Tech Tuesday 06/11/19 – Back in WA Edition

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Oscar Gordon

A Navy Turbine Tech who learned to spin wrenches on old cars, Oscar has since been trained as an Engineer & Software Developer & now writes tools for other engineers. When not in his shop or at work, he can be found spending time with his family, gardening, hiking, kayaking, gaming, or whatever strikes his fancy & fits in the budget.

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36 Responses

  1. TT03: Every time new tech for remote methane sensing is deployed, it turns out that some industry or another is leaking methane at an order of magnitude higher rate than previously assumed.Report

    • Avatar Oscar Gordon in reply to Michael Cain says:

      Is that an indictment of how we officially asses methane discharge, or of how remote sensing tech tends to overblow the leakage?Report

      • Avatar Philip H in reply to Oscar Gordon says:

        More the former then the latter, as methane discharge in regulated industries is significantly self-reported.Report

      • What Philip said, at least in the oil and gas industry. The EPA’s official methodology is bottom-up, and makes assumptions about best practices, equipment failure rates, etc. A few years back Colorado toughened its standards and the companies were required to do a lot more measurements. What they found was more leaks, and bigger leaks, than anticipated. All of that lost gas was money flying away — the industry has improved its practices considerably. Even though drilling and production activity is up quite a lot since the new regs were put into effect, the number of reported leaks and their size are down significantly.

        My son-in-law supervises the fabrication shop for a company that builds custom manifolds and such for oil and gas producers. The company’s forte has always been quality — better welding, zero corner-cutting on testing, etc. Starting a couple of years after the new regulations were in place, their business has been growing quite a bit.Report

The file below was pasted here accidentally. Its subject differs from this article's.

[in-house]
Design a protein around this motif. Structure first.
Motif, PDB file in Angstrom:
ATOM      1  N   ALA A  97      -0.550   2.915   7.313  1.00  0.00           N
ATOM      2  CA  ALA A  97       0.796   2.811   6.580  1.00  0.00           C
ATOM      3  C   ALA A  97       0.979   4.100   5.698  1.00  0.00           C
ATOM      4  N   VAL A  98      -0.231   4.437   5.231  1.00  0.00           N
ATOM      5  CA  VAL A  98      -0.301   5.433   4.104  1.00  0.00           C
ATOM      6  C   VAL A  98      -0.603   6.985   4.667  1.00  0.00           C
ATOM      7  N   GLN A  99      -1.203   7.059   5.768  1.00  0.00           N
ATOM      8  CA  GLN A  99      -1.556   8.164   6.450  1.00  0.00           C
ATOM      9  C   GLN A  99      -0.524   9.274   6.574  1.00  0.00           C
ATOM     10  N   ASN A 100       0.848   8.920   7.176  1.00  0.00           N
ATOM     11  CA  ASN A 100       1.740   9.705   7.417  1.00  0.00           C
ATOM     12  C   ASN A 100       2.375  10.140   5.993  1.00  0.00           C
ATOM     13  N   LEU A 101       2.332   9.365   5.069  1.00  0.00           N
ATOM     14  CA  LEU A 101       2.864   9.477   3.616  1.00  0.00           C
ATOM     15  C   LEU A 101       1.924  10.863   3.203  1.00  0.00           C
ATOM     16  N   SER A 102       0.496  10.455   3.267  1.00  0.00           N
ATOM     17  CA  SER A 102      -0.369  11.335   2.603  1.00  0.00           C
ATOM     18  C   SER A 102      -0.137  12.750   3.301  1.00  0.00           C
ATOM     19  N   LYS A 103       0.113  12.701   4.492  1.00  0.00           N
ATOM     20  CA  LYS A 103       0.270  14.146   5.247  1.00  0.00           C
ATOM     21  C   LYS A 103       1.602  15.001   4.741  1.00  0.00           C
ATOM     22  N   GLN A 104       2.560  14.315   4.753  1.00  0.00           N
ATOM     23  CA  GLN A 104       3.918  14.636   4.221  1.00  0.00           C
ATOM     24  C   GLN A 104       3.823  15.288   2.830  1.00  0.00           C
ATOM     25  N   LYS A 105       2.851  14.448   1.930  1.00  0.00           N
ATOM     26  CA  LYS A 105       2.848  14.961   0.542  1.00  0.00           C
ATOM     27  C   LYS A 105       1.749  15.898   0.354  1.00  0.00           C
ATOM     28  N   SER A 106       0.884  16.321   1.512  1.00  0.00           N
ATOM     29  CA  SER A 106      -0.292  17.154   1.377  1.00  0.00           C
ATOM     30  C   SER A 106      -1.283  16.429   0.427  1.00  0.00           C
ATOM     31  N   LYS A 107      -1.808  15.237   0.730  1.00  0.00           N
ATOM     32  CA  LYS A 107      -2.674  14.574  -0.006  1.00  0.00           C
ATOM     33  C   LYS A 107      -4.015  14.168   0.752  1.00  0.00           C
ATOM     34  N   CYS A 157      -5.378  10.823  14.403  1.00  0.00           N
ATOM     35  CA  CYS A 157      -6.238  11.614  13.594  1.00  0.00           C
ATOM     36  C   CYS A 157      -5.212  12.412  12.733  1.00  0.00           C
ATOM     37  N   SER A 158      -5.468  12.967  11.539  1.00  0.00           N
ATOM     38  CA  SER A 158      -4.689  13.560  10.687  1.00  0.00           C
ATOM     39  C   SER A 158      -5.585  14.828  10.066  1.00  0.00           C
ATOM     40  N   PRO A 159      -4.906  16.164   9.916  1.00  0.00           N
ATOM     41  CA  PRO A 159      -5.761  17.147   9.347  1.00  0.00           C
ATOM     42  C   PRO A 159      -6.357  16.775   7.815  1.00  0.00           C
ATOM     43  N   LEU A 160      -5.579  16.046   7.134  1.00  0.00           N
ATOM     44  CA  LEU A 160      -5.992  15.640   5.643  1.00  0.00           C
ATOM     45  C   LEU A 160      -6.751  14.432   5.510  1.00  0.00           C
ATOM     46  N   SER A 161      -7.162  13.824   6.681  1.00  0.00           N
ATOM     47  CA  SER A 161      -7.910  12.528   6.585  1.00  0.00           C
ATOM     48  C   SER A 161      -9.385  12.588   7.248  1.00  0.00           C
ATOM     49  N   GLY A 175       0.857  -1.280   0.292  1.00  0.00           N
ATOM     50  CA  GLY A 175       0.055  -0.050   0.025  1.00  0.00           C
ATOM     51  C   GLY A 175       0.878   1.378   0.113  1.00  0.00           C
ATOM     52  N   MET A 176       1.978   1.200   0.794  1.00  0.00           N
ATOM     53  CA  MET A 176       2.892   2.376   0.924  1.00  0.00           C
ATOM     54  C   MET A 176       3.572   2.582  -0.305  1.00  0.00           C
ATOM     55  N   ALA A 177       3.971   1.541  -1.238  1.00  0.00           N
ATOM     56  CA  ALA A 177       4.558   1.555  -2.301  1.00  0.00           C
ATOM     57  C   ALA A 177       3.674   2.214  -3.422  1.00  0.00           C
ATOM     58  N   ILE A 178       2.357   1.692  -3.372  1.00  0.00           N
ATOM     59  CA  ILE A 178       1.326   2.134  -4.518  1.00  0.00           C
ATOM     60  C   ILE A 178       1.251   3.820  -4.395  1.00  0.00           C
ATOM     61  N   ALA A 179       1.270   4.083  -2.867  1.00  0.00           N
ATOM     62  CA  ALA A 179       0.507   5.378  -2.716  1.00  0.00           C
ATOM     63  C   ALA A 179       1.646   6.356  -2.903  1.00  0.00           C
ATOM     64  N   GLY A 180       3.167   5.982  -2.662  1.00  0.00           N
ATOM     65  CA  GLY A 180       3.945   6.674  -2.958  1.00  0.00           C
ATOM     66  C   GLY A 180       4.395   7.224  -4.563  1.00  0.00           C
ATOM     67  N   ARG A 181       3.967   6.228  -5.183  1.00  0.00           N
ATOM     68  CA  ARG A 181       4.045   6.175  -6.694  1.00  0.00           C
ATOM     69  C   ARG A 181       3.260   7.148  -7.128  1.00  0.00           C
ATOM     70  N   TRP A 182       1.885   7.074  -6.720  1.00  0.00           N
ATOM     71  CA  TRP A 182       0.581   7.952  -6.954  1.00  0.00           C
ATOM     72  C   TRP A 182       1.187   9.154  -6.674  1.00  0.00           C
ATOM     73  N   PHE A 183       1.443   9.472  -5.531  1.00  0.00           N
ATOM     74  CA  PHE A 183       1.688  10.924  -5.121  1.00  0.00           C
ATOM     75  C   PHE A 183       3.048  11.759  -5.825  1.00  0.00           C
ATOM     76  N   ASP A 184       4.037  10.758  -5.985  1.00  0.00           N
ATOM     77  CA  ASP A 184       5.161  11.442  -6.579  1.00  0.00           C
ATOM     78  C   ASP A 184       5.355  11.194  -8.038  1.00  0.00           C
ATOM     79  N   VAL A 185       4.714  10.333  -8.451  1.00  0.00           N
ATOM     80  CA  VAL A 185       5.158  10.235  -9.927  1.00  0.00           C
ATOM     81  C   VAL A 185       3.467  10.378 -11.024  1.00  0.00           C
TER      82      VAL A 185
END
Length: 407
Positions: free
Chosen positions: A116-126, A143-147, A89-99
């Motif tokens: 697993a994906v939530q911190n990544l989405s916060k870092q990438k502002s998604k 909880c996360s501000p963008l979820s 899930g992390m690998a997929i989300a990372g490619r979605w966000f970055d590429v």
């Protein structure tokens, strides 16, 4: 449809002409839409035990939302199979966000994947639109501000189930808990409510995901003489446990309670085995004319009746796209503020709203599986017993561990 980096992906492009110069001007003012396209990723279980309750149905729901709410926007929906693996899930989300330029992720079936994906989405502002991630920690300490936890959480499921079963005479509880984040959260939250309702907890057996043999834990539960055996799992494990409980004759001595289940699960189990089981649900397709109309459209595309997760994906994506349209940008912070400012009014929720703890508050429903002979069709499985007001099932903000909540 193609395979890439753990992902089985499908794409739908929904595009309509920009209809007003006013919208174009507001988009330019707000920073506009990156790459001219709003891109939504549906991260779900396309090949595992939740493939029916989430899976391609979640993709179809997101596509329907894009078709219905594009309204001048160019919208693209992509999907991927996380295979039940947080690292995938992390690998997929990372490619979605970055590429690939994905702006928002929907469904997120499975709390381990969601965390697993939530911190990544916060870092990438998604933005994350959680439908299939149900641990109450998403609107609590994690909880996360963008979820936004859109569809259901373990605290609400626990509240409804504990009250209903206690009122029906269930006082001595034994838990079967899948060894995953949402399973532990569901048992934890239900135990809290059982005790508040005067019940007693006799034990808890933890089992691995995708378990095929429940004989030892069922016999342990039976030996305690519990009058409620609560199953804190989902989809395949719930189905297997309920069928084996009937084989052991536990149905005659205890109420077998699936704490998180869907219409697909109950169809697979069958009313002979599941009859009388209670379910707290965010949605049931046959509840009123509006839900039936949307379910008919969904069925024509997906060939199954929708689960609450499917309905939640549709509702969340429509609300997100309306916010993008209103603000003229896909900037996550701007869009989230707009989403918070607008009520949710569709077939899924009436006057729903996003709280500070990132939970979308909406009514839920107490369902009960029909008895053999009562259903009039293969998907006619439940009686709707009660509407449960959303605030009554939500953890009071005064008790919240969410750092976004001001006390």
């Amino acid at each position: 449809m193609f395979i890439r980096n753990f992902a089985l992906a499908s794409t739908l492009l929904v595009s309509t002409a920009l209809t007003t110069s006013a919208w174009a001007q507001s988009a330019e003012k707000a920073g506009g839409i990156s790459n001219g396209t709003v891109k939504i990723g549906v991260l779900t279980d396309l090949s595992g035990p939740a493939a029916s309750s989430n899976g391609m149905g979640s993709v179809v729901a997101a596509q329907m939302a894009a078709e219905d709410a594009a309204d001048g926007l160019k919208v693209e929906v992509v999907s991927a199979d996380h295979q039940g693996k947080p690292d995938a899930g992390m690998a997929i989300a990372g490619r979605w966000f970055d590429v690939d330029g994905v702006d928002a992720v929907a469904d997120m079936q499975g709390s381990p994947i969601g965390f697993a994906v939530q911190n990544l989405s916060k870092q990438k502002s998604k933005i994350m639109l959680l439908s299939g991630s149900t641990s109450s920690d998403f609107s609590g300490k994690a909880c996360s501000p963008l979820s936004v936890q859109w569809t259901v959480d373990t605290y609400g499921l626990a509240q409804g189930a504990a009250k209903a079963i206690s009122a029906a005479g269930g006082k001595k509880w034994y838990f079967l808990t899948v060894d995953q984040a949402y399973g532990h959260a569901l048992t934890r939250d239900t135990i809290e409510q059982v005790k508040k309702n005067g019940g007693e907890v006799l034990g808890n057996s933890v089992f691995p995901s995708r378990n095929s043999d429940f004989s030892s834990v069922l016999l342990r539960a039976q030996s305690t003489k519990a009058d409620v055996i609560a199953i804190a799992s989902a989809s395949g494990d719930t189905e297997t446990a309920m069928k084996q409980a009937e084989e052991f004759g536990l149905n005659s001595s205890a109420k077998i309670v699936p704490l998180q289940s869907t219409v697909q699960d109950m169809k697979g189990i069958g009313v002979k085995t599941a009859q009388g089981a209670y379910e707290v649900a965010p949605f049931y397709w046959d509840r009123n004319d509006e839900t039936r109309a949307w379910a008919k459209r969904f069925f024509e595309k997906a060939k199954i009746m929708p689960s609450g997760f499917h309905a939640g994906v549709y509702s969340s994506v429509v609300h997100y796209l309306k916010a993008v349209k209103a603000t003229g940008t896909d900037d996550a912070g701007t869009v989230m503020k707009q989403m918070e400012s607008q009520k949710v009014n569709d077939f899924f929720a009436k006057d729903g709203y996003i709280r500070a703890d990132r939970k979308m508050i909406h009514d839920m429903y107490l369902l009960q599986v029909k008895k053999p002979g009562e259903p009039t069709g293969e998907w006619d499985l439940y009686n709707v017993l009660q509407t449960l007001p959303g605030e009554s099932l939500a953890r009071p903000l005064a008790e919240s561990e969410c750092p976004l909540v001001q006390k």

• Avatar George Turner in reply to Michael Cain says:

          I double checked the article’s numbers, and sure enough, they fail the metric system.

          Given their finding that 0.34% of the natural gas used by fertilizer plants is leaking, they correctly extrapolated to an estimate of 28 gigagrams of leakage, which is 28,000 tonnes. That would mean the fertilizer plants consuming 8.2 million metric tonnes of natural gas, whereas based on CO2 emissions (including re-use), I’d calculated a usage of 8.6 million metric tons, with the difference probably due to using a slightly different year’s data.

          Where they screwed up was with the EPA emissions figures. The EPA and everyone else said that industry leaks 8,000,000 tonnes of methane, which was updated by a surprising finding that the actual leakage rate was 60% higher than assumed, at 13 million tonnes.

          Google thought that 8 million tonnes, which is eight billion kilograms, is a gigagram, but it’s actually a teragram. They then used the erroneous eight gigagrams figure to find that the fertilizer plants emit 3.5 times more than everything else in the US, when the actual number would be 0.35% as much as all the other emission sources.

          Now they’ll get laughed at by everyone in industry for not knowing how to shift units between tera and giga.Report

  2. Avatar George Turner says:

    TT03, the story about Google researchers finding that fertilizer plants are emitting three times more methane than the rest of the US, is probably a reflection of garbage data. Natural gas isn’t pure methane, and I suspect some other component of it that isn’t used in the Haber process might be going through the high-temperature, high-pressure process and producing a compound that pegs the needle on Google’s remote sensors, even at trace amounts.

    The US fertilizer industry only consumes 8.6 million metric tons of methane, based on how much CO2 they produce. The hydrogen is stripped to combine with 9.6 million tons of nitrogen, resulting in 31 million tons of CO2, of which 24% is recycled to make urea and other products. The reaction produces the same waste heat as burning 4 million tons of the methane input, and 51% of that waste heat is recovered.